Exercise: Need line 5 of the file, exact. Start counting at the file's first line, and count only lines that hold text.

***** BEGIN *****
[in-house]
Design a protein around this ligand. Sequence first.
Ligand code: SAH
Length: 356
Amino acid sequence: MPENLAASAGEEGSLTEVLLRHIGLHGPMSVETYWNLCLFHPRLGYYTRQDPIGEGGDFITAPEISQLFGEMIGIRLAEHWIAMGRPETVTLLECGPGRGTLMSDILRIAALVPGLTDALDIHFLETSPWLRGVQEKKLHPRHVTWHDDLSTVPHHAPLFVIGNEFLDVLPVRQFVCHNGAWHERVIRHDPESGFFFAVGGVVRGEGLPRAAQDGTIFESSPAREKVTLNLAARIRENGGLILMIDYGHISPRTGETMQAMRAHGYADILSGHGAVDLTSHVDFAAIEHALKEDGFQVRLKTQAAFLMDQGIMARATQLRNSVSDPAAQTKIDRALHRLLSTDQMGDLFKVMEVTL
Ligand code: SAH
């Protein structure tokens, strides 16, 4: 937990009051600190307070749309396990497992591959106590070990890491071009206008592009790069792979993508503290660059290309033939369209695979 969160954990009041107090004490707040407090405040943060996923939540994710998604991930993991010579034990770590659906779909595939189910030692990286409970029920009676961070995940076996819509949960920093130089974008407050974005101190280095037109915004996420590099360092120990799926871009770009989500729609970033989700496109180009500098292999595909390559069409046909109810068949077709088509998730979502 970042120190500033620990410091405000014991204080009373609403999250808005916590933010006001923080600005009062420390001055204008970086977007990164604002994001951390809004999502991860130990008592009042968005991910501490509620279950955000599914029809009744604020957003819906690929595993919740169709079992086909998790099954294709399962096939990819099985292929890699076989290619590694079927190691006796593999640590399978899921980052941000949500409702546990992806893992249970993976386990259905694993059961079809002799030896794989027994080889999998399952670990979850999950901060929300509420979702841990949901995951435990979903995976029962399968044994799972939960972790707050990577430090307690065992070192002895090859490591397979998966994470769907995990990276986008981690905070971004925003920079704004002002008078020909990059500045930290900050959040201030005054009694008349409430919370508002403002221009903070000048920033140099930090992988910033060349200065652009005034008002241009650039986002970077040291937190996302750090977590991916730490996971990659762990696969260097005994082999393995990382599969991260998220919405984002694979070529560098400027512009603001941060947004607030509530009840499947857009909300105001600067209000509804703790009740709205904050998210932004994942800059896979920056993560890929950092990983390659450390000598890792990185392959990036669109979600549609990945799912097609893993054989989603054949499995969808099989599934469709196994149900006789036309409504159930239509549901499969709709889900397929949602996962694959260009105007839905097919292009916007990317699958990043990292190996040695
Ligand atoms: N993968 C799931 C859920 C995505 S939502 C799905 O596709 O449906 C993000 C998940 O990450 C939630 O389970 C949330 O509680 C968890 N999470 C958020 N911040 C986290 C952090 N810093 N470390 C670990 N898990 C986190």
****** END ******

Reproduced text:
Amino acid sequence: MPENLAASAGEEGSLTEVLLRHIGLHGPMSVETYWNLCLFHPRLGYYTRQDPIGEGGDFITAPEISQLFGEMIGIRLAEHWIAMGRPETVTLLECGPGRGTLMSDILRIAALVPGLTDALDIHFLETSPWLRGVQEKKLHPRHVTWHDDLSTVPHHAPLFVIGNEFLDVLPVRQFVCHNGAWHERVIRHDPESGFFFAVGGVVRGEGLPRAAQDGTIFESSPAREKVTLNLAARIRENGGLILMIDYGHISPRTGETMQAMRAHGYADILSGHGAVDLTSHVDFAAIEHALKEDGFQVRLKTQAAFLMDQGIMARATQLRNSVSDPAAQTKIDRALHRLLSTDQMGDLFKVMEVTL